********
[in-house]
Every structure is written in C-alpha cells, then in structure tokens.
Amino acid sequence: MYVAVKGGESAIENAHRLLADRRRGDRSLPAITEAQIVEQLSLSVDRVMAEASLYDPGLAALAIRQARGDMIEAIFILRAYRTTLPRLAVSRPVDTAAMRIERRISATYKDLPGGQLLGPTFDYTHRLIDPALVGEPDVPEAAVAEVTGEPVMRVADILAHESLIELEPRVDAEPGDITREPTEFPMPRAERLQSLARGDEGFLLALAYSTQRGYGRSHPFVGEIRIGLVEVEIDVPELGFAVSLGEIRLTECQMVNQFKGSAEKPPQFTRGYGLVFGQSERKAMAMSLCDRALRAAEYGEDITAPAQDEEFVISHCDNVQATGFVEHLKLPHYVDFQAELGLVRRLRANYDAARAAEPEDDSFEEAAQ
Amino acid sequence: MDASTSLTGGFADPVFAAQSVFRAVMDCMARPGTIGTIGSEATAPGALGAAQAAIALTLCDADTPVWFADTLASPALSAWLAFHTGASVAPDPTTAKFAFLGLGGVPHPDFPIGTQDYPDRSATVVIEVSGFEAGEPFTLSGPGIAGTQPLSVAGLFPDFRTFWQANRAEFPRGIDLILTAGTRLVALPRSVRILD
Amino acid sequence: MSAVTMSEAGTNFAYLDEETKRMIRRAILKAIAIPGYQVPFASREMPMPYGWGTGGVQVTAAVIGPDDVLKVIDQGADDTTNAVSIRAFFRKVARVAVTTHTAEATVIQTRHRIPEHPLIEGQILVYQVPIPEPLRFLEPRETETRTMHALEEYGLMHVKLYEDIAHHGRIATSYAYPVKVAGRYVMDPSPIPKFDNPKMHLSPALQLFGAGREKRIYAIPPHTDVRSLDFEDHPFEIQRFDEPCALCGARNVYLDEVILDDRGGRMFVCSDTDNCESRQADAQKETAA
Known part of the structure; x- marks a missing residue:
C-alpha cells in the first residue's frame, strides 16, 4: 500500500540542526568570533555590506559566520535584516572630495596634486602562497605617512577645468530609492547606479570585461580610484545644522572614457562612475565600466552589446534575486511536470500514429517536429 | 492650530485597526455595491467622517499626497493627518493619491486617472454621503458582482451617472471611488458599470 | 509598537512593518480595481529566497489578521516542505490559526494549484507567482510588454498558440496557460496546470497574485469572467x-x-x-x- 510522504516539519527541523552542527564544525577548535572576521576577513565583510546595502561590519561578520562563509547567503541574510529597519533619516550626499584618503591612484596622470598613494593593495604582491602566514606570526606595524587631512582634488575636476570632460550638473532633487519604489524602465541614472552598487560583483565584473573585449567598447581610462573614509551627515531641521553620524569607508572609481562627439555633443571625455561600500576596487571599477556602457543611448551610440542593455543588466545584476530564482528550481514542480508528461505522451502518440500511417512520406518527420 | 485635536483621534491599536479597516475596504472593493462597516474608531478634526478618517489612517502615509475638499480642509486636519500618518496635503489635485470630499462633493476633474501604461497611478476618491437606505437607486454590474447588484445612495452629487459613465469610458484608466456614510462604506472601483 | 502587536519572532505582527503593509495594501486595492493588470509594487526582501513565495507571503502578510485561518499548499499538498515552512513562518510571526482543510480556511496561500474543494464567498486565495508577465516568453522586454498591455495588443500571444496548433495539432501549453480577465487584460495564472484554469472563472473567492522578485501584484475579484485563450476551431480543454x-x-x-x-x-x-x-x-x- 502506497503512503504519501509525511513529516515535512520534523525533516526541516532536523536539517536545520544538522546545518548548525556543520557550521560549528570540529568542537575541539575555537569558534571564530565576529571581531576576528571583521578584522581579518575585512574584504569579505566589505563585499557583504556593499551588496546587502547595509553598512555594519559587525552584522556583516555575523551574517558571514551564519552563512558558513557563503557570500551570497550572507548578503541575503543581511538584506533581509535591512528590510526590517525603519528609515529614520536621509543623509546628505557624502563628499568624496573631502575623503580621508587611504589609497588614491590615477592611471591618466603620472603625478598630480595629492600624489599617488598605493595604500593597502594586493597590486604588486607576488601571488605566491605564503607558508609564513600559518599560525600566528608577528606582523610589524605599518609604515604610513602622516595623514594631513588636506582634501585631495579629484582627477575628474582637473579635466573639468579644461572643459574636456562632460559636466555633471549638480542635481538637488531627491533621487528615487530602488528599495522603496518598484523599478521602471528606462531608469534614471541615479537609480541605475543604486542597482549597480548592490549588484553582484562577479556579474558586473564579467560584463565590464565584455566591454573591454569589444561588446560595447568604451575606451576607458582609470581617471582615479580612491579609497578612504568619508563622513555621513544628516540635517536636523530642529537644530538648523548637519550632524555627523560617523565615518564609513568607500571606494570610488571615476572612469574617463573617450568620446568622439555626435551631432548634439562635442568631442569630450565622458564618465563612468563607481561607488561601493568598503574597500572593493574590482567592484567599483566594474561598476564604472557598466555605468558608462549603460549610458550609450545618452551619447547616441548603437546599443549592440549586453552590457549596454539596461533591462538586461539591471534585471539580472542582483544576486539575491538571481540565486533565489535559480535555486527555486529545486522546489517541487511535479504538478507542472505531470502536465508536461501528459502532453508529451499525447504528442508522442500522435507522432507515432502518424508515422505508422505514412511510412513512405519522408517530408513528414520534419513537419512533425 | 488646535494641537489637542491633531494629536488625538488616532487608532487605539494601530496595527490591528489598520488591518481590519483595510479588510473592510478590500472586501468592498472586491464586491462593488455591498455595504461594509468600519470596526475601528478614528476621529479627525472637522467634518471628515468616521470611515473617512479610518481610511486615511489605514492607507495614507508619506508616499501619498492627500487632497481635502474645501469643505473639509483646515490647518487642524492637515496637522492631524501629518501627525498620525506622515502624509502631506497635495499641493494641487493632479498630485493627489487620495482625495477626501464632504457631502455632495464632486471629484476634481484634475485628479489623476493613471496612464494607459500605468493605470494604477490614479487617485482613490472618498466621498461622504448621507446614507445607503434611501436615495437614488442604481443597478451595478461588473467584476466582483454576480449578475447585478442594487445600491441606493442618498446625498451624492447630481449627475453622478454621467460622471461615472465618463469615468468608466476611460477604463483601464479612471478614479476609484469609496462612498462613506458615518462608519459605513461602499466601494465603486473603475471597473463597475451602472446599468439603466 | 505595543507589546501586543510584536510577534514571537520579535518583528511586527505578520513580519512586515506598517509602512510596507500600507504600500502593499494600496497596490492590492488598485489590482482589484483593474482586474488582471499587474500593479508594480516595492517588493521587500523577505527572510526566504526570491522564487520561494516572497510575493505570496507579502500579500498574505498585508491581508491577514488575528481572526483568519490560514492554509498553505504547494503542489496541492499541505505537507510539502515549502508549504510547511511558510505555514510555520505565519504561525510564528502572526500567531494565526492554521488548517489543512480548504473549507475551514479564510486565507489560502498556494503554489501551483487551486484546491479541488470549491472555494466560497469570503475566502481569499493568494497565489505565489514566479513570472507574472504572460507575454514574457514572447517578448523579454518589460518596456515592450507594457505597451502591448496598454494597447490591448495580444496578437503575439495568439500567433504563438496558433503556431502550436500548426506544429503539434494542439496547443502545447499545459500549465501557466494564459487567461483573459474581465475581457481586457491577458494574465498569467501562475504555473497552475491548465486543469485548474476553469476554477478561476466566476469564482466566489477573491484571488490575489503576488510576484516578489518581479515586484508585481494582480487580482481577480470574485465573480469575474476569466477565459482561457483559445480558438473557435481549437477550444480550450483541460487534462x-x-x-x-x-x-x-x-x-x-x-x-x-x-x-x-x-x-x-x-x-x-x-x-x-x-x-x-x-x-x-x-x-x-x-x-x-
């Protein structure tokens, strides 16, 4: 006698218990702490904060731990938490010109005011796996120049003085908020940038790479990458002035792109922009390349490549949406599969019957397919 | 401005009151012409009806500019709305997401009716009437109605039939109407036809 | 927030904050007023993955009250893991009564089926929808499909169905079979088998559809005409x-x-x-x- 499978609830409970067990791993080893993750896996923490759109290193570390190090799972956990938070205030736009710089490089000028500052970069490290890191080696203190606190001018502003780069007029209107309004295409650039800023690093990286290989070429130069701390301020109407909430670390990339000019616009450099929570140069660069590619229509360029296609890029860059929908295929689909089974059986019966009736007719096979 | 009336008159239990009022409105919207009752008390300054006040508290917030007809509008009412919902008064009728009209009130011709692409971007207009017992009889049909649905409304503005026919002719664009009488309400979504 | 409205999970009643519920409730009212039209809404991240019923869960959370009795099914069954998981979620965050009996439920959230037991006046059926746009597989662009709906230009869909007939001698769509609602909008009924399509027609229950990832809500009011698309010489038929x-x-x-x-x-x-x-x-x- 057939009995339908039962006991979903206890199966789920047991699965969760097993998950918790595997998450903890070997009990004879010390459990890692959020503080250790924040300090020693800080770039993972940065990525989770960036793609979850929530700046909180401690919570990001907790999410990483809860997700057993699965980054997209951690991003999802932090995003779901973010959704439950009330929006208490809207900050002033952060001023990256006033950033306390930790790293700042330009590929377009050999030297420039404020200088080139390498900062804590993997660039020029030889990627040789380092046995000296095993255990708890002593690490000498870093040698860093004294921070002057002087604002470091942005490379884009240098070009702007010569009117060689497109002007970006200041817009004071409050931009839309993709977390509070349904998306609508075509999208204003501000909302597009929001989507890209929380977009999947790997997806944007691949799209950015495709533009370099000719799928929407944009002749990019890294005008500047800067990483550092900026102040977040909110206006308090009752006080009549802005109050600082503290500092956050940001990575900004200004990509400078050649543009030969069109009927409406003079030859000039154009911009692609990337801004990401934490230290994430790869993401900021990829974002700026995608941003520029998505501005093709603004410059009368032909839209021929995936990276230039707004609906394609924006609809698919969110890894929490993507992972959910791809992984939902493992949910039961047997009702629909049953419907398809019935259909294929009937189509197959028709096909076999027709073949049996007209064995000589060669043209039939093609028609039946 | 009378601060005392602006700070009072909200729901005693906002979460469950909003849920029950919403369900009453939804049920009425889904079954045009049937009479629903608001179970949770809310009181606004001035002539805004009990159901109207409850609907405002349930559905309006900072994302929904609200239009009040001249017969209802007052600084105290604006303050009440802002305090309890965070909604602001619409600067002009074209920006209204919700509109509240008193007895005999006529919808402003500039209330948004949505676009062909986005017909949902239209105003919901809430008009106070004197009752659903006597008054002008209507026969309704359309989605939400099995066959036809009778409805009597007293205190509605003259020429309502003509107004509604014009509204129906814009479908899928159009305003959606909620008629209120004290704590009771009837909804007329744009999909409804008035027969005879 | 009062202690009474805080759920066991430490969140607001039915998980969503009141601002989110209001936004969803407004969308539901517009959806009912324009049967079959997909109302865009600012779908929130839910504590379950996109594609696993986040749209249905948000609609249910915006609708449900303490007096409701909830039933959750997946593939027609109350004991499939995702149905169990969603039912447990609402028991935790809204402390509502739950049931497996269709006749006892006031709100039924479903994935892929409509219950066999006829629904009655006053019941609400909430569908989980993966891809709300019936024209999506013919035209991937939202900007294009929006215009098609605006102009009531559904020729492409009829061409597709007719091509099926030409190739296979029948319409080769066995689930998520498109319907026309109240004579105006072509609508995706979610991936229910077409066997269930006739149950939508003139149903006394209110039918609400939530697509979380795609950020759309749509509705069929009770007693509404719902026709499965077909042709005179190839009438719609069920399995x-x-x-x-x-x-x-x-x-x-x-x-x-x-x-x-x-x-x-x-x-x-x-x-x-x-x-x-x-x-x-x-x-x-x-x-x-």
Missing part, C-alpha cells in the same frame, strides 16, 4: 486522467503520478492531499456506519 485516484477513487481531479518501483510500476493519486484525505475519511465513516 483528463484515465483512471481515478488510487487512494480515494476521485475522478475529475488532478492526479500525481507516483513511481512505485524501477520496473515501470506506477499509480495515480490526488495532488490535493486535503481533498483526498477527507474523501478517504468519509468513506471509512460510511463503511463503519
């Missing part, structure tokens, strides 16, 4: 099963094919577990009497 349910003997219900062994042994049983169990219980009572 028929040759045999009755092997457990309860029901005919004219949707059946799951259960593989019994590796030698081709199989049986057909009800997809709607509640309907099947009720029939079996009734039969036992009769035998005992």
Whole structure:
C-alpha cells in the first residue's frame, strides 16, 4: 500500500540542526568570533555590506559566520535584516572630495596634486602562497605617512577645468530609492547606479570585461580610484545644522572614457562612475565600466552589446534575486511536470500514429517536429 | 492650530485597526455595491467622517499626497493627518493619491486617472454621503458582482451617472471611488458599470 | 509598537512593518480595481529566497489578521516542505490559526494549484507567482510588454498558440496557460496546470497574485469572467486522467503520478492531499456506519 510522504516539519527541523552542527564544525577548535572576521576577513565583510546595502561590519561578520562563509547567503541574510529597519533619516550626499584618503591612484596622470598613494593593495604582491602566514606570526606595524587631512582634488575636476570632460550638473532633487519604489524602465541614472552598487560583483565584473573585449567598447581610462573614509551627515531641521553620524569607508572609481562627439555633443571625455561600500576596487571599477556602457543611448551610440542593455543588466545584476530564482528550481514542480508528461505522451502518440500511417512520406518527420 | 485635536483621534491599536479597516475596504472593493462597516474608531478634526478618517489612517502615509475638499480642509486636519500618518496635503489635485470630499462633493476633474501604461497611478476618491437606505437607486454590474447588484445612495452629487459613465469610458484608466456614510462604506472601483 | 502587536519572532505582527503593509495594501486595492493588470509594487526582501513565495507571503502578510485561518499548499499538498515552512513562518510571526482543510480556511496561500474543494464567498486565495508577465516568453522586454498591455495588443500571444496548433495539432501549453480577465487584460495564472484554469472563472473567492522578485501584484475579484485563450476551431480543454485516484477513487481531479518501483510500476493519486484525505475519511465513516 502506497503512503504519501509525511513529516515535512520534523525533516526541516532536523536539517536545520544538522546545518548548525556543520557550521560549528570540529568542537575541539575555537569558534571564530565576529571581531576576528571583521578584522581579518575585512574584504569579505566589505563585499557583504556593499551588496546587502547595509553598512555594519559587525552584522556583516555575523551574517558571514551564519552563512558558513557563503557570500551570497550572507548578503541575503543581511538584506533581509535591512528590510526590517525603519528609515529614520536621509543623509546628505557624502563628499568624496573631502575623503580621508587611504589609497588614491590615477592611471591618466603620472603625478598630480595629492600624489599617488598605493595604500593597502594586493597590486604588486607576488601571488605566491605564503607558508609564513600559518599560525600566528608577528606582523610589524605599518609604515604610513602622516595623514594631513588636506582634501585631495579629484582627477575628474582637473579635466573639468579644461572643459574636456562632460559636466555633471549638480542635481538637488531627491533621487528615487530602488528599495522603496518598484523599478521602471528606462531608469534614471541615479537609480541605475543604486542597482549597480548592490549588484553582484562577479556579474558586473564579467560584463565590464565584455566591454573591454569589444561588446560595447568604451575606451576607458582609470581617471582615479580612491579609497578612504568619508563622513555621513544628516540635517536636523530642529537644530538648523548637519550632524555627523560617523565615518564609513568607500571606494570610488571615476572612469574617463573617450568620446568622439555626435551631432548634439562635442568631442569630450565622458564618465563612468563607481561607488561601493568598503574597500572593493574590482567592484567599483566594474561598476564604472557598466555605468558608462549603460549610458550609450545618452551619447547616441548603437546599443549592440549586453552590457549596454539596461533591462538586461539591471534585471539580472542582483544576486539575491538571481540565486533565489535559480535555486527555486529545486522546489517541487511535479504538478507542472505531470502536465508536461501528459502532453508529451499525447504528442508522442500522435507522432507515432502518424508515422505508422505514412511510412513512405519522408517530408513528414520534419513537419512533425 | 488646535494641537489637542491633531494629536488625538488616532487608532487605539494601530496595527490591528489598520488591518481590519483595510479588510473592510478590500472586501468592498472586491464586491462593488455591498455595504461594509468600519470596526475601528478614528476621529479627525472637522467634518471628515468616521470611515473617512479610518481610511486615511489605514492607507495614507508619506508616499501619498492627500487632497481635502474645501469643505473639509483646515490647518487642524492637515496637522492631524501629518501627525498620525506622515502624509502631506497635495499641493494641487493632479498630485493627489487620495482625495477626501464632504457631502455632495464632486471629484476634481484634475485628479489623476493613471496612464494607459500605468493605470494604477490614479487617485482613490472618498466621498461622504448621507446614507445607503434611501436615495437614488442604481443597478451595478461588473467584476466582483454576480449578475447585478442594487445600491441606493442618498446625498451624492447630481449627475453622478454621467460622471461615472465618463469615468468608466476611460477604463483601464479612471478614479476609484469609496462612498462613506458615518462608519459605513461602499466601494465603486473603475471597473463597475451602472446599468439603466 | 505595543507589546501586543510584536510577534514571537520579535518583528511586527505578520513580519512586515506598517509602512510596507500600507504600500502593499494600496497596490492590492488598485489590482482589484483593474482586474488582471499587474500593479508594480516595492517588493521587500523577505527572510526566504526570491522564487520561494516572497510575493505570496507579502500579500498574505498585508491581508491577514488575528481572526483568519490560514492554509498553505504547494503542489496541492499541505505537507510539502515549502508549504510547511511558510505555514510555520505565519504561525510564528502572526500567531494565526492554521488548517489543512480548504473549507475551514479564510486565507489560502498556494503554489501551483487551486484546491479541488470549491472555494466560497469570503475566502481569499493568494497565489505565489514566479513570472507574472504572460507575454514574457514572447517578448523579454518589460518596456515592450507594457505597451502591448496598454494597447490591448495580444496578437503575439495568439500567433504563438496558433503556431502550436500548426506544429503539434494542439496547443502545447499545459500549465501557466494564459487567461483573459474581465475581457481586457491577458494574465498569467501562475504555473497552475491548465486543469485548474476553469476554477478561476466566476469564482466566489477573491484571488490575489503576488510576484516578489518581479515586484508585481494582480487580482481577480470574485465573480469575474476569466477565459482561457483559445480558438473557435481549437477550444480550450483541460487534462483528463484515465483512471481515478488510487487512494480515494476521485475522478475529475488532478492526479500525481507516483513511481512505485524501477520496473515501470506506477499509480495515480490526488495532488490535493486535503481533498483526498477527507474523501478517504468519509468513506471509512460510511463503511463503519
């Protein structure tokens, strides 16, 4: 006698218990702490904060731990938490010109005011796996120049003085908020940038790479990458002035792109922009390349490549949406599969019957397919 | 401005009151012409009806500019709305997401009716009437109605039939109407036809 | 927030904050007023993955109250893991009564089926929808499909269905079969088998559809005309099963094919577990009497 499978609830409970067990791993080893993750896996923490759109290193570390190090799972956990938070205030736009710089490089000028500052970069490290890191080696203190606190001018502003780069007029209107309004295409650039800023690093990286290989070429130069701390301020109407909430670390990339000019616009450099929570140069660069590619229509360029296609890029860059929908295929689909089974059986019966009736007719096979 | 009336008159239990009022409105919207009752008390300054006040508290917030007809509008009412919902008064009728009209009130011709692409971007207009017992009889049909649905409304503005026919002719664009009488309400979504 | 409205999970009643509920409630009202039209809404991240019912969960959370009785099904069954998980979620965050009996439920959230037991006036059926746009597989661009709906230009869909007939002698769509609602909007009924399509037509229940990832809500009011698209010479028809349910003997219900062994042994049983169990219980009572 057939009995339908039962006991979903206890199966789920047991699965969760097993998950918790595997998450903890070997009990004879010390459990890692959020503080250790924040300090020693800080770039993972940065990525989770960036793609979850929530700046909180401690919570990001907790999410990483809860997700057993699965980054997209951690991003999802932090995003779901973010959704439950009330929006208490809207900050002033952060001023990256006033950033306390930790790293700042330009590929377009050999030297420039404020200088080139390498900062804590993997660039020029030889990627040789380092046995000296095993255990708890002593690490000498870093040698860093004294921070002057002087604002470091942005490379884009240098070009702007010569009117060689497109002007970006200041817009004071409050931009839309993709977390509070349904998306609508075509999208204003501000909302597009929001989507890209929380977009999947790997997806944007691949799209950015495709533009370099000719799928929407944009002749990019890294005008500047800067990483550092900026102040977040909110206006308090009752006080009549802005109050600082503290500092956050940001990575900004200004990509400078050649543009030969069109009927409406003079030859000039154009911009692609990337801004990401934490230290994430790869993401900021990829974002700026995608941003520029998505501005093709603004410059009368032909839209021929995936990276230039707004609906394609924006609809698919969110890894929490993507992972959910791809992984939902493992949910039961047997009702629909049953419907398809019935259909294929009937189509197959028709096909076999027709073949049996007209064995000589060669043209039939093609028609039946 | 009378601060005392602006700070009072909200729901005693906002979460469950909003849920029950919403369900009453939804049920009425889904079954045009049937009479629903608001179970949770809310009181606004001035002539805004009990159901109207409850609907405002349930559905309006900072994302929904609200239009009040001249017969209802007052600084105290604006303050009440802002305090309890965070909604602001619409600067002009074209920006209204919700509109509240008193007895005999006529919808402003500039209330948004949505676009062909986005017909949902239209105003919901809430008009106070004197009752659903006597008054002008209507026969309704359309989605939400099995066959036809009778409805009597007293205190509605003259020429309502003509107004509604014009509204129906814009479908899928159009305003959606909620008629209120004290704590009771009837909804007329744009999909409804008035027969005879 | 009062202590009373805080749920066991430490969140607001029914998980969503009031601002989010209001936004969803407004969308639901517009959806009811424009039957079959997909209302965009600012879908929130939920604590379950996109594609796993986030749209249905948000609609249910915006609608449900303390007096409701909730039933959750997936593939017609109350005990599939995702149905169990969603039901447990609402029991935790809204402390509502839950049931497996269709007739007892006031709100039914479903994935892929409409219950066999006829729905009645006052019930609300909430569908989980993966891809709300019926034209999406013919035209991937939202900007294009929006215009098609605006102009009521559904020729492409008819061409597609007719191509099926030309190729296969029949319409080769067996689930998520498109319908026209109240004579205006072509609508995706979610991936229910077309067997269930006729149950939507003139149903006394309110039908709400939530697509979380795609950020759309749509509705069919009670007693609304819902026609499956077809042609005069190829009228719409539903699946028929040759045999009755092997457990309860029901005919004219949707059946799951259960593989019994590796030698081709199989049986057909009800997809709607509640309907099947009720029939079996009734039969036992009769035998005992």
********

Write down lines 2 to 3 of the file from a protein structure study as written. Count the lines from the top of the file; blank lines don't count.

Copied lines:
Every structure is written in C-alpha cells, then in structure tokens.
Amino acid sequence: MYVAVKGGESAIENAHRLLADRRRGDRSLPAITEAQIVEQLSLSVDRVMAEASLYDPGLAALAIRQARGDMIEAIFILRAYRTTLPRLAVSRPVDTAAMRIERRISATYKDLPGGQLLGPTFDYTHRLIDPALVGEPDVPEAAVAEVTGEPVMRVADILAHESLIELEPRVDAEPGDITREPTEFPMPRAERLQSLARGDEGFLLALAYSTQRGYGRSHPFVGEIRIGLVEVEIDVPELGFAVSLGEIRLTECQMVNQFKGSAEKPPQFTRGYGLVFGQSERKAMAMSLCDRALRAAEYGEDITAPAQDEEFVISHCDNVQATGFVEHLKLPHYVDFQAELGLVRRLRANYDAARAAEPEDDSFEEAAQ